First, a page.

Do I Need Medication for Depression?

I'm a generally happy person and fairly active, but I've recently been feeling depressed. Is there anything I can do to fight depression without medication or going to a doctor?

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Gail Saltz, M.D.
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Gail Saltz, M.D.

Psychiatrist, columnist, bestselling author, and television commentator Gail Saltz, M.D., has been called "a voice of wisdom and... Read more

There are definitely ways to fight depression without going on medication. Whether or not you should take medication has a lot to do with the severity of your symptoms. Studies show that medication isn’t really all that effective for mild to moderate depression. It is however, effective for moderate to severe depression. Additionally it is important to know that depression has a 15 percent mortality rate, meaning that as many as 15 percent of people with depression will commit suicide. If you are having substantial symptoms such as thoughts of harming or killing yourself, or even the feeling that life is not worth living then you MUST be seen by a psychiatrist immediately and you likely will need medication. Other symptoms of moderate to severe depression include troubling sleeping, lack of appetite and feeling like you don’t enjoy anything and can’t concentrate to the point that your functioning is impaired. You should be evaluated and will need to consider medication.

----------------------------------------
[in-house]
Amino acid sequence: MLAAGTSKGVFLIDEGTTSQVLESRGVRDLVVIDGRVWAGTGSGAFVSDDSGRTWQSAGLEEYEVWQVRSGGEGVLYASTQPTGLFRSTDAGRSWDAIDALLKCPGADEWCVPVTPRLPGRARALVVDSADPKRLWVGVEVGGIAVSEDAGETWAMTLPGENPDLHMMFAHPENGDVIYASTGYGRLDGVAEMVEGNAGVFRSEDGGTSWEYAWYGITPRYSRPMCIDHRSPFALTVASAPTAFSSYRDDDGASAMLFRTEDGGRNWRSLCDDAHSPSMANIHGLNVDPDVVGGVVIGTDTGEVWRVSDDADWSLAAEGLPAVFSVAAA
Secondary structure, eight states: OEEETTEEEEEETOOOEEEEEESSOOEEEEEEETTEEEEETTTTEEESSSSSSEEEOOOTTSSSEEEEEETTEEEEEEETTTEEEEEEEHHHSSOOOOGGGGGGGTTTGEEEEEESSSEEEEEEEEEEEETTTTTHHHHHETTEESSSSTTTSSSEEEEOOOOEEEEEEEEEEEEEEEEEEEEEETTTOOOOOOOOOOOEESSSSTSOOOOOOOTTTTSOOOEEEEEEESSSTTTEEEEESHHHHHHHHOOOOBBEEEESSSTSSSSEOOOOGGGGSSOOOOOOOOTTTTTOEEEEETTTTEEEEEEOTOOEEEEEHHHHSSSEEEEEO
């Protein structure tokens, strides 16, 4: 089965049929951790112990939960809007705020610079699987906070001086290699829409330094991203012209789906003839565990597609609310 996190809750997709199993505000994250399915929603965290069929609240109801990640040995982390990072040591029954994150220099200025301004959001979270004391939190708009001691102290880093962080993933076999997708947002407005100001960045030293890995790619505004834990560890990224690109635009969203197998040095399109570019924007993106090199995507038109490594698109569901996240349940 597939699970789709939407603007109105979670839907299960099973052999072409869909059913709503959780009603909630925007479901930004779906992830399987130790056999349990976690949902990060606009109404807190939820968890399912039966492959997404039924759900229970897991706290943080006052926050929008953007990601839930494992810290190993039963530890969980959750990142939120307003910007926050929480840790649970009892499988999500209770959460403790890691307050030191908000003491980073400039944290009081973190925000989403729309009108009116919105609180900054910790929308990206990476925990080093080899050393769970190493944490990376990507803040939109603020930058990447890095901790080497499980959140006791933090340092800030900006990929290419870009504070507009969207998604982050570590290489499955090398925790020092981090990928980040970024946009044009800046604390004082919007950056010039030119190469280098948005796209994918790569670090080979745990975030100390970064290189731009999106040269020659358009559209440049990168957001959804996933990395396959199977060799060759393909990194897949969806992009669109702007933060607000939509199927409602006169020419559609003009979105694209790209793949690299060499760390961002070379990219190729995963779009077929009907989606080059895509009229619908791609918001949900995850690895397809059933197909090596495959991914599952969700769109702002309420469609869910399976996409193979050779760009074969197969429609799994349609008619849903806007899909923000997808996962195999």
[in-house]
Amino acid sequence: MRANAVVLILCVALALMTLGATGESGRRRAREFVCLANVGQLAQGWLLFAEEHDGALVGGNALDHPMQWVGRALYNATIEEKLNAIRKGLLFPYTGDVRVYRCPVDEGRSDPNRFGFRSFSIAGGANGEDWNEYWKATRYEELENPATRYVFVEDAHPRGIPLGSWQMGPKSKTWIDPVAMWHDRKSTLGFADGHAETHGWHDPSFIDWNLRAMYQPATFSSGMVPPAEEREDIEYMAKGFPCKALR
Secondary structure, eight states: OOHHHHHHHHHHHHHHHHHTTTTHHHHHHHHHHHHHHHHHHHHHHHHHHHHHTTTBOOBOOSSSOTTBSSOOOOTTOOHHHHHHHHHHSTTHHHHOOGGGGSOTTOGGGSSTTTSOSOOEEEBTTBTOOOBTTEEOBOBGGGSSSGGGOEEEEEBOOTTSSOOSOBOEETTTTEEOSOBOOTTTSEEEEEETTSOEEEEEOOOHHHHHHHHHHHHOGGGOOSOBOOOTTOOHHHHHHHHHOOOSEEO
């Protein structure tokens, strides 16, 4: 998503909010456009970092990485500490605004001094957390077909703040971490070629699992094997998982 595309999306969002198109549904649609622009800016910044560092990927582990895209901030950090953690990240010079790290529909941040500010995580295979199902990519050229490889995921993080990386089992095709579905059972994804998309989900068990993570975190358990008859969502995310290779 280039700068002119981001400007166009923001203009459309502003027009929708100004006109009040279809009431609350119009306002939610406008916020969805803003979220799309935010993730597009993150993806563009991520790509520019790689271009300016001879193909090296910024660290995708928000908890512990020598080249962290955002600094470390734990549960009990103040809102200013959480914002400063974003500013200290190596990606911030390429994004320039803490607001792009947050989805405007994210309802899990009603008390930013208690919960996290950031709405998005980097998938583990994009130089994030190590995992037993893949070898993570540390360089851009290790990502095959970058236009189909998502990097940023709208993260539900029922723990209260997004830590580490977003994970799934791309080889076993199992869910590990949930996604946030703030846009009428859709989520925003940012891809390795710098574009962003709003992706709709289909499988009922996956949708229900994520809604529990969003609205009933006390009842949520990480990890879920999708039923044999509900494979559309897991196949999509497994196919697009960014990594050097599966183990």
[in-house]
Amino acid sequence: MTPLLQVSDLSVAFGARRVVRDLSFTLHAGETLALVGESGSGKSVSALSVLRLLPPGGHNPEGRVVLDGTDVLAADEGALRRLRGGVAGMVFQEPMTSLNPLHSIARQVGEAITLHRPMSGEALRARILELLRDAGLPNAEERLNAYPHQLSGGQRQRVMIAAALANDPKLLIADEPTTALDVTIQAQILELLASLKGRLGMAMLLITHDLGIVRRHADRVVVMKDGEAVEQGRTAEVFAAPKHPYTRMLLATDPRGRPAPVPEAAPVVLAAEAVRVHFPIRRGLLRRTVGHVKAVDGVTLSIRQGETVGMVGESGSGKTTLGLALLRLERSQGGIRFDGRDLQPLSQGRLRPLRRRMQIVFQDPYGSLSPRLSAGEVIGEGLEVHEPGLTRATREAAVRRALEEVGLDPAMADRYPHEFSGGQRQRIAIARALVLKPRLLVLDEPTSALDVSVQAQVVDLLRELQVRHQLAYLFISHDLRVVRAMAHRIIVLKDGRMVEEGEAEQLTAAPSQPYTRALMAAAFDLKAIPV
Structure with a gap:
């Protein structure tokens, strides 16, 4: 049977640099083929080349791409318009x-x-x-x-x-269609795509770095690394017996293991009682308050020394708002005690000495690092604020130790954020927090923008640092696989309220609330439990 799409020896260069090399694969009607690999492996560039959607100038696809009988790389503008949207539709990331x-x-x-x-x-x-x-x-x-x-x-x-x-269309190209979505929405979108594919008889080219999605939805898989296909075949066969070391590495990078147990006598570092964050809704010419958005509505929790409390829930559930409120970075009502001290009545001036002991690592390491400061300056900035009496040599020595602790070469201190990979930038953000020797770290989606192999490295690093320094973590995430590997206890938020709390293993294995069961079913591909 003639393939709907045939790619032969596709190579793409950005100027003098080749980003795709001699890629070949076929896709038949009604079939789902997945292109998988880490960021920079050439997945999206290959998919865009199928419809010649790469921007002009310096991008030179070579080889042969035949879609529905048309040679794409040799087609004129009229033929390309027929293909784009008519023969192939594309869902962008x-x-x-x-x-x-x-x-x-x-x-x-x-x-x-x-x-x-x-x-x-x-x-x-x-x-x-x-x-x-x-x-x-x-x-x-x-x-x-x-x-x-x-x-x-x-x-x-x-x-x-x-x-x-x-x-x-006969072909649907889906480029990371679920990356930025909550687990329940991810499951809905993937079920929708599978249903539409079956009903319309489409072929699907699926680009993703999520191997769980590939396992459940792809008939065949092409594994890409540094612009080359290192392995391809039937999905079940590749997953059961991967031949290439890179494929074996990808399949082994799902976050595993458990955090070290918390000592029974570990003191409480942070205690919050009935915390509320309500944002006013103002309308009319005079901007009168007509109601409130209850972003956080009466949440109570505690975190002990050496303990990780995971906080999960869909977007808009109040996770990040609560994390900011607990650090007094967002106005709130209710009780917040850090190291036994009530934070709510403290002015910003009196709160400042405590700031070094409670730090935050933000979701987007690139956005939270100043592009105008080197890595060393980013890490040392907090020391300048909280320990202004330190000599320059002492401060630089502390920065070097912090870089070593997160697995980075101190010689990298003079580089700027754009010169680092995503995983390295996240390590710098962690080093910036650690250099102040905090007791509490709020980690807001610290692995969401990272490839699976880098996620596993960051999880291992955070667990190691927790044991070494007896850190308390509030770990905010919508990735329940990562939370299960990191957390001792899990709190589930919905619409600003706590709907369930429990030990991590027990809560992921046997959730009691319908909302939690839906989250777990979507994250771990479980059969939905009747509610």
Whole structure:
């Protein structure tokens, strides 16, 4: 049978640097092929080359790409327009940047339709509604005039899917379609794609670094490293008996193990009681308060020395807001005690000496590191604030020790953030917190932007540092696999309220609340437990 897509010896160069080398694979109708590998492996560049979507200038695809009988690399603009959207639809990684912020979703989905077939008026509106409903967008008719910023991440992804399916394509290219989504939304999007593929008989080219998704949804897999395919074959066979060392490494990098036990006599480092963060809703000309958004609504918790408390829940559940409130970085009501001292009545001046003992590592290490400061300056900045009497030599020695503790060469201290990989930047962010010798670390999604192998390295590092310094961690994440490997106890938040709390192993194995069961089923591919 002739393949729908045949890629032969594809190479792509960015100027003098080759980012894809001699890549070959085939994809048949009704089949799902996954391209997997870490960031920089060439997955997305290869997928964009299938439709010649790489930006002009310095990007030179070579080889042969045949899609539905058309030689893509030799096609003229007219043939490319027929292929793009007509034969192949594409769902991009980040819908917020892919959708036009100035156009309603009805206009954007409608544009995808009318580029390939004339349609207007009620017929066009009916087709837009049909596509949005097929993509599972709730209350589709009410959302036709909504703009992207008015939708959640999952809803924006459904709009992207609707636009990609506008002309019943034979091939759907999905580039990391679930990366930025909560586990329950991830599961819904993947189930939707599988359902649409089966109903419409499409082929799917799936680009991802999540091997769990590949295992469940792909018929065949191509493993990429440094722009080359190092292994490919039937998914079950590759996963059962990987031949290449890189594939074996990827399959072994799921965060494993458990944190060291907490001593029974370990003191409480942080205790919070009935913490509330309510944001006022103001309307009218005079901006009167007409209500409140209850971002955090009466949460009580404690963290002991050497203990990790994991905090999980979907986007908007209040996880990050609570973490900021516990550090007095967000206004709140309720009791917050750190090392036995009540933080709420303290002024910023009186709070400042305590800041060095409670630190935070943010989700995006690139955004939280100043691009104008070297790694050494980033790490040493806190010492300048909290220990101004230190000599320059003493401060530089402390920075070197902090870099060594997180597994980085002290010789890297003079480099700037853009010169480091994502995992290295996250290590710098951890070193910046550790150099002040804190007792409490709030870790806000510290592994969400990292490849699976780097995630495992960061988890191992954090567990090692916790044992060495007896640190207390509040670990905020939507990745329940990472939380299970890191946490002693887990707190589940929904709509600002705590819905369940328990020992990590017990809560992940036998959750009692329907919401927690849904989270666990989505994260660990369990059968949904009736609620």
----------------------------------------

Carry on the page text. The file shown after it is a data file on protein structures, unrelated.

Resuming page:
If, however, your symptoms are milder you find you feel sad, tired, unmotivated or irritable, you can definitely consider a drug-free approach. Exercise has been found to be very effective for mild to moderate depression because it can make a substantial difference in your mood. This doesn’t mean a stroll around the block; it means at least a half hour of vigorous exercise to get your heart rate up. Engaging in energizing tasks, such as social outings, volunteering or anything that relaxes you can also lift your mood.

 

Going a step further, many types of psychotherapy are extremely effective for depression, ranging from cognitive behavioral types (examining your irrationally sad thoughts in an attempt to correct them to be consistent with reality) to psychodynamic types (understanding what internal conflicts and past experiences lead to developing this sadness). Talk to your family and friends so you feel supported and understood.

 

Specific deep breathing techniques have been found to be effective for mild to moderate depression. This has to be learned by either taking a course or getting a special CD that teaches you how to do this deep rhythmic breathing. I recommend Respire-1 by Coherence.

 

For people whose depression has a seasonal component (meaning happens the same time each year) may benefit from light therapy, which is a special light box or bulb that you sit in front of for a prescribed amount of time each day.

 

If you think you are depressed and aren’t able to motivate to try any of these things, then you really do need to see a doctor. Depression is a treatable disease that if left untreated can really do harm.

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